Derek and the Dominos played the Berkeley Community Theater on both November 18th and 19th, 1970. The appropriately titled Journeymen features a sixteen year old Neal Schon sitting in with the band on the second night. Neal’s presence is absent in the first four tracks and it’s not until “Tell The Truth” that his guitar playing becomes apparent. At first he sounds rather tentative but it’s not long before he really loosens up. Marc Roberty’s book, Thirty Years of Music and Memorabilia, states that Eric asked Neal to join permanently but he declined and later joined Santana. It may sound strange, but he would have made a good addition to this lineup. Even at such a young age, he sounds like a seasoned pro.
The inclusion of the Chuck Berry medley and the rarely played “Mean Old World” makes tonight’s set interesting. A great version of “Why Does Love Got To Be So Sad” is unfortunately cut shortly after the six minute mark where there is a small fragment of what could be either the end of “Stormy Monday” or “Everyday I Have The Blues”. (Both of these tracks are in the key of C and feature Bobby Whitlock on piano but it is impossible to tell which one it may be.) This end fragment shares the same sound quality as the rest of this tape but doesn’t seem to match any other part of the recording. “Mean Old World” is also incomplete, cutting in at the beginning and missing the end.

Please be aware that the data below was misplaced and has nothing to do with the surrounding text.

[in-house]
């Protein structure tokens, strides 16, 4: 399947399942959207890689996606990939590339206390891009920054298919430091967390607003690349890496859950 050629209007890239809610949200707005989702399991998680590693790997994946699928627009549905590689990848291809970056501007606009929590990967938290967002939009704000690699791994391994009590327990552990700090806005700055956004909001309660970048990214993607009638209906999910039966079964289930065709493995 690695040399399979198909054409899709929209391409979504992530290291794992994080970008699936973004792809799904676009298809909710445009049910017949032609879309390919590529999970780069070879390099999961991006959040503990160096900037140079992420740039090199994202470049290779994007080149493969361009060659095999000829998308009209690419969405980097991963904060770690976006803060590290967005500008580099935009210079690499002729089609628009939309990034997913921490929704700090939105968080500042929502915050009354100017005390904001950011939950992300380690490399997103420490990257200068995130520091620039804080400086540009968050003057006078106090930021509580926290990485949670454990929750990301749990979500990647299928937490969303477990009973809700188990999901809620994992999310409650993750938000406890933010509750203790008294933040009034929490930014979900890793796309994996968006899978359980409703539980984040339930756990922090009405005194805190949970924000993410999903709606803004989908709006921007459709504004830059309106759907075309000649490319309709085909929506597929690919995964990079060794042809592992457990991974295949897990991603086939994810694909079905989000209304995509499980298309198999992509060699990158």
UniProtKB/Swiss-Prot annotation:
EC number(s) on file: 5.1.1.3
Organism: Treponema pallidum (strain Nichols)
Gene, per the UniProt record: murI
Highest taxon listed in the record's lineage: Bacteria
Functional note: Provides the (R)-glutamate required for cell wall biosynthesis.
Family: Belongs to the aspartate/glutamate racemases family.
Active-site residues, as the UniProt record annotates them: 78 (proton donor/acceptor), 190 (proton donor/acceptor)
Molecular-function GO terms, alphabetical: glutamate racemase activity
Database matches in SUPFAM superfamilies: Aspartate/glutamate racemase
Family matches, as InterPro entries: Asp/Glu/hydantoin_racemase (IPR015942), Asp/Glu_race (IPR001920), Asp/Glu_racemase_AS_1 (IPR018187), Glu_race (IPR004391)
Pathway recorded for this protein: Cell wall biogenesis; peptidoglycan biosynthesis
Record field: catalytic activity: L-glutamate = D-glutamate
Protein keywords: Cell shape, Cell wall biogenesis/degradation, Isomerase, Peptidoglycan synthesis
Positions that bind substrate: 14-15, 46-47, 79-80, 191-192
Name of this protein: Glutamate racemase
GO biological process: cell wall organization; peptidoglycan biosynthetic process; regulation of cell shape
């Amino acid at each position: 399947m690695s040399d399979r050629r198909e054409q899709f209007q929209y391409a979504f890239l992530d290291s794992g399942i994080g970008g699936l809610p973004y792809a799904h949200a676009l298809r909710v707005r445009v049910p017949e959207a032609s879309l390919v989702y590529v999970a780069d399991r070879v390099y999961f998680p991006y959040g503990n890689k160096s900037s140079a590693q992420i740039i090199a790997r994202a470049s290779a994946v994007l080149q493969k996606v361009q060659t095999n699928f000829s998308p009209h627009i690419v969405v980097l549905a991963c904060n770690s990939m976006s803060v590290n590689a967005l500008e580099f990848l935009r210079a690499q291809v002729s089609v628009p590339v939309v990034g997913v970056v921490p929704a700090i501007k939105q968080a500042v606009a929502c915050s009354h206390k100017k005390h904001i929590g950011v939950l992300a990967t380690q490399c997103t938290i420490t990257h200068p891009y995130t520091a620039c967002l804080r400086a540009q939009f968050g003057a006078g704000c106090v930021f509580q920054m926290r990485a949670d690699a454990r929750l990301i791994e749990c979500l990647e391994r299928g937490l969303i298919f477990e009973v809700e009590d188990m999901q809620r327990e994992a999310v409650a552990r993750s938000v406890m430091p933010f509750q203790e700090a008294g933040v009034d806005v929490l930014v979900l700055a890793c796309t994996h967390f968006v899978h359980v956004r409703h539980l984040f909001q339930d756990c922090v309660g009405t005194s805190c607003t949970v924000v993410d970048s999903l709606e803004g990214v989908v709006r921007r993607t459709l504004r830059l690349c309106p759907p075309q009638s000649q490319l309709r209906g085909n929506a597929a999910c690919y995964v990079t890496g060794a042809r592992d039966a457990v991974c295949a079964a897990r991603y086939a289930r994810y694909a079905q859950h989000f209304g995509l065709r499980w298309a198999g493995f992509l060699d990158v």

There are some true highlights here in “Blues Power” and “Let it Rain” where Neal and Eric’s playing really comes together. This is definitely one of the better live versions of “Let it Rain” which has the two soloing together similar to the outro of the studio version. Personally, I’ve always felt this track needed a second (or third) guitar and Neal adds a nice touch.
There are certainly better recordings from this tour. The tape is somewhat distant, muffled and has a muddy presence to it with the bass causing some distortion in the low end. That aside, parts of the recording can be clear and still enjoyable with the band delivering a worthwhile performance.
This tape has previously surfaced as Little Wing on Blackie and Knights In Blue Denim on Mid Valley. The songs on Little Wing are not in the correct order and the title has some speed issues. For some reason, the Chuck Berry medley, consisting of “Little Queenie” and “Sweet Little Rock ‘n’ Roller”, is missing from Mid Valley’s version.
ARMS claims to be a new upgrade from the master source and when compared with Blackie’s version, Journeymen is louder with a fuller sound and is at least closer to the master if not directly from it. The intrigue of Eric and Neal playing together would be enough to own this title for most Clapton fans, but the average collector may want to pass on this one.